Today is Sir. John A. Macdonald’s 203rd birthday and that gives us reasons to be thankful for the Canada that he helped to create and for the founding principles of freedom and justice that he entrenched in the our vital government institutions.
While much is said about the role that he played in uniting Canada from sea to sea and in linking it with a national railway, little is said of the deeper principles that he and his associates built into the institutions that make Canada the wonderful country that we have the privilege of calling our own.
Drawing on the heritage of government and law that had developed in Britain over a period of more than a thousand years, they established a system of limited government that was firmly committed to the principles of freedom and fundamental justice.
Government was assigned the primary job of protecting the indisputable right of every person to live their lives as they chose – subject only to the duty to respect the equal rights of every other citizen.
Every person was assured freedom of action, freedom of speech, freedom of association, and freedom to own the property that they justly acquired. The institutions of government and law ensured that those absolute rights were protected against the actions of any other person, including any agent of government or of the courts.
Those essential foundations of a free and just society are often driven from sight by the obsessions of political correctness which attempt to rewrite our history and to remove all reference to those who made Canada the wonderful place that it has been.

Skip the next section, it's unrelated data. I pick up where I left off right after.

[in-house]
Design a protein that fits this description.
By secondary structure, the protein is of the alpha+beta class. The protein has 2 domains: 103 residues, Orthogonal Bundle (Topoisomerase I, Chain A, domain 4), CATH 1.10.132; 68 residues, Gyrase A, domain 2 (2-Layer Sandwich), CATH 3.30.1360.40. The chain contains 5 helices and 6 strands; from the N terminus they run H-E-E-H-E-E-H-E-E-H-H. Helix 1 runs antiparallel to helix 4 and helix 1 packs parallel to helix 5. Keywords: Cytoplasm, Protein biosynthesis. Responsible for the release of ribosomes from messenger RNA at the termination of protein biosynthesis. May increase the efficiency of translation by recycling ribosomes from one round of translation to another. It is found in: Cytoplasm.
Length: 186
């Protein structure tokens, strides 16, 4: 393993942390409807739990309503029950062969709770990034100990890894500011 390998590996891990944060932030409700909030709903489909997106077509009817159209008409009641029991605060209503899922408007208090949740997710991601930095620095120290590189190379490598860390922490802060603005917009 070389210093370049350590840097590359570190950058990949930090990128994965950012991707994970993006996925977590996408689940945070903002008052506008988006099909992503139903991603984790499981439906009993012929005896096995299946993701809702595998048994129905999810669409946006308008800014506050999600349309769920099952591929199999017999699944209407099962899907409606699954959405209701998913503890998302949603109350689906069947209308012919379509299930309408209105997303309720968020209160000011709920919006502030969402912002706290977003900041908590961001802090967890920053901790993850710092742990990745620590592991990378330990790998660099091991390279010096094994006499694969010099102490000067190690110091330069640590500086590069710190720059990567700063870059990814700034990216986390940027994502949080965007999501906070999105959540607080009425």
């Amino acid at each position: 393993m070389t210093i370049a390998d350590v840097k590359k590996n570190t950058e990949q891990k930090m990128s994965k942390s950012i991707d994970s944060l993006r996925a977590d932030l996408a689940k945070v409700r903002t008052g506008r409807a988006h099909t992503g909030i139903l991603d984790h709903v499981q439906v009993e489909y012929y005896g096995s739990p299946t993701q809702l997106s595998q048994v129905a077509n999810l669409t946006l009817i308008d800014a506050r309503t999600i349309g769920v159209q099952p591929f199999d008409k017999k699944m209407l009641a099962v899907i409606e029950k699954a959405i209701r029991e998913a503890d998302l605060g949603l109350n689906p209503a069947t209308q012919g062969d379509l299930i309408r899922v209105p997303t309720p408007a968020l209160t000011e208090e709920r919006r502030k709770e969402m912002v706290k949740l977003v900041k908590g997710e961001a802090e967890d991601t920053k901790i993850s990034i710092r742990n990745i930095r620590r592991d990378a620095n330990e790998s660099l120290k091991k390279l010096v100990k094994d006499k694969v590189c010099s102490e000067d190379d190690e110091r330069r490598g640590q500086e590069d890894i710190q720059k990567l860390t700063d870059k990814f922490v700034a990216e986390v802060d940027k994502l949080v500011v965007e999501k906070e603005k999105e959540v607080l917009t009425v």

Along with the rejection of our founding fathers, we see increasing pressures to reject the principles upon which they built the Canada that we know and value – and to change our society in a manner that would reduce our freedoms and give government more power to tell us what to think and what to do.
Without doubt one can find flaws in Sir John’s legendary tendency to imbibe in alcohol to excess, in his involvement in the first major political scandal in Canada and in some of the prejudices that he shared with others of his time.
It would do us great harm, however, to let those flaws serve as an excuse to set aside the core values that underpin the system of government and law that was left to us by Sir John A. Those values were confirmed over centuries and they were built into the British institutions of government and law. Those institutions guarantee the freedom of all persons and they define a system of government that is bound to upholding the principles of fundamental justice equally for every single person.
Sir John A. confirmed that those values form the essence of Canada, and that matters immensely.
It is on that basis that I celebrate the contribution of Sir John A. – a person without whom the Canada that we value would not exist – a person whose legacy must be protected if Canadians are to continue to aspire to live in the greatest country in the world.